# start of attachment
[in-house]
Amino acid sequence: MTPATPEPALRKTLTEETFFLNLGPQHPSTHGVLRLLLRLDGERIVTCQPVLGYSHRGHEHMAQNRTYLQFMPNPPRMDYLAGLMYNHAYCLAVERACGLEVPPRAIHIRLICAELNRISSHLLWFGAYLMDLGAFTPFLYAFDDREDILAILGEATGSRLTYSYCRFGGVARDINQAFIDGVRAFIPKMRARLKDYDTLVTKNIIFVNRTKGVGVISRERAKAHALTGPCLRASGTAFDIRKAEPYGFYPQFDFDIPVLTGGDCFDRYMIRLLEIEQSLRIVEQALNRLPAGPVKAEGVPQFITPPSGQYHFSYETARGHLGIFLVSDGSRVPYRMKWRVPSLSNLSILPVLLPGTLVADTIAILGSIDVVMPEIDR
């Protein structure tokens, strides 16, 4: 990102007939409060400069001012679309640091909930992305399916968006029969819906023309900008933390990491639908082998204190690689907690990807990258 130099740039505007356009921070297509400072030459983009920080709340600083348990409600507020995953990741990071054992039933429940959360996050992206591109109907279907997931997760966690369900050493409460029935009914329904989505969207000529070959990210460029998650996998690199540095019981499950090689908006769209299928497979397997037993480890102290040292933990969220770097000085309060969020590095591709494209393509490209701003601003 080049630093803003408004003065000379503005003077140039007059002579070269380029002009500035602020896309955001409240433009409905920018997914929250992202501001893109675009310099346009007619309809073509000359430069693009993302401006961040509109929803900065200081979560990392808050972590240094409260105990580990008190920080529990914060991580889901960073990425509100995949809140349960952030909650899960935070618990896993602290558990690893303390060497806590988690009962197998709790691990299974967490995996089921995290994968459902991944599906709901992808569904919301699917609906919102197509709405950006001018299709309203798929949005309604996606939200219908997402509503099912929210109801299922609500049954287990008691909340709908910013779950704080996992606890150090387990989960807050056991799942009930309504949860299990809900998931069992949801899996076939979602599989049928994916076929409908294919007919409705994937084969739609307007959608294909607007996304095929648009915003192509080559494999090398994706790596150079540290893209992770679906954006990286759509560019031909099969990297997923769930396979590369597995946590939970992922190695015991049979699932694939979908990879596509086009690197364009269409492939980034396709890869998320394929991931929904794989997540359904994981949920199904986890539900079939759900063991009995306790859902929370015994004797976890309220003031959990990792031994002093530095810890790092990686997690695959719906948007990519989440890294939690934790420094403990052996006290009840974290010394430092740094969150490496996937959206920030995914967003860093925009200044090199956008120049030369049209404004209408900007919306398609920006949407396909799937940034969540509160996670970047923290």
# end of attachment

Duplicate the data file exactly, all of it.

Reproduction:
[in-house]
Amino acid sequence: MTPATPEPALRKTLTEETFFLNLGPQHPSTHGVLRLLLRLDGERIVTCQPVLGYSHRGHEHMAQNRTYLQFMPNPPRMDYLAGLMYNHAYCLAVERACGLEVPPRAIHIRLICAELNRISSHLLWFGAYLMDLGAFTPFLYAFDDREDILAILGEATGSRLTYSYCRFGGVARDINQAFIDGVRAFIPKMRARLKDYDTLVTKNIIFVNRTKGVGVISRERAKAHALTGPCLRASGTAFDIRKAEPYGFYPQFDFDIPVLTGGDCFDRYMIRLLEIEQSLRIVEQALNRLPAGPVKAEGVPQFITPPSGQYHFSYETARGHLGIFLVSDGSRVPYRMKWRVPSLSNLSILPVLLPGTLVADTIAILGSIDVVMPEIDR
């Protein structure tokens, strides 16, 4: 990102007939409060400069001012679309640091909930992305399916968006029969819906023309900008933390990491639908082998204190690689907690990807990258 130099740039505007356009921070297509400072030459983009920080709340600083348990409600507020995953990741990071054992039933429940959360996050992206591109109907279907997931997760966690369900050493409460029935009914329904989505969207000529070959990210460029998650996998690199540095019981499950090689908006769209299928497979397997037993480890102290040292933990969220770097000085309060969020590095591709494209393509490209701003601003 080049630093803003408004003065000379503005003077140039007059002579070269380029002009500035602020896309955001409240433009409905920018997914929250992202501001893109675009310099346009007619309809073509000359430069693009993302401006961040509109929803900065200081979560990392808050972590240094409260105990580990008190920080529990914060991580889901960073990425509100995949809140349960952030909650899960935070618990896993602290558990690893303390060497806590988690009962197998709790691990299974967490995996089921995290994968459902991944599906709901992808569904919301699917609906919102197509709405950006001018299709309203798929949005309604996606939200219908997402509503099912929210109801299922609500049954287990008691909340709908910013779950704080996992606890150090387990989960807050056991799942009930309504949860299990809900998931069992949801899996076939979602599989049928994916076929409908294919007919409705994937084969739609307007959608294909607007996304095929648009915003192509080559494999090398994706790596150079540290893209992770679906954006990286759509560019031909099969990297997923769930396979590369597995946590939970992922190695015991049979699932694939979908990879596509086009690197364009269409492939980034396709890869998320394929991931929904794989997540359904994981949920199904986890539900079939759900063991009995306790859902929370015994004797976890309220003031959990990792031994002093530095810890790092990686997690695959719906948007990519989440890294939690934790420094403990052996006290009840974290010394430092740094969150490496996937959206920030995914967003860093925009200044090199956008120049030369049209404004209408900007919306398609920006949407396909799937940034969540509160996670970047923290």